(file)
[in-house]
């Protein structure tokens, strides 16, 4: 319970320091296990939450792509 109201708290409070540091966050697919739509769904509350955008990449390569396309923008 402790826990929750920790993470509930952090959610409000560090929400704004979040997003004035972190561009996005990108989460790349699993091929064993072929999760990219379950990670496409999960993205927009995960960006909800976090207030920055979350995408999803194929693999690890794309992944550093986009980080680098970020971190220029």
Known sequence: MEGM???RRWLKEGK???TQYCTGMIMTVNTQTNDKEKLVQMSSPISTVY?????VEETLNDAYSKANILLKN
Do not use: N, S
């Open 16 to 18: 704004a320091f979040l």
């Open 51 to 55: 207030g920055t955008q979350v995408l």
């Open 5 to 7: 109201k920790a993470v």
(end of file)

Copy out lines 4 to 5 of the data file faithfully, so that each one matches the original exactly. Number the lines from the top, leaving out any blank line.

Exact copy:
Do not use: N, S
């Open 16 to 18: 704004a320091f979040l």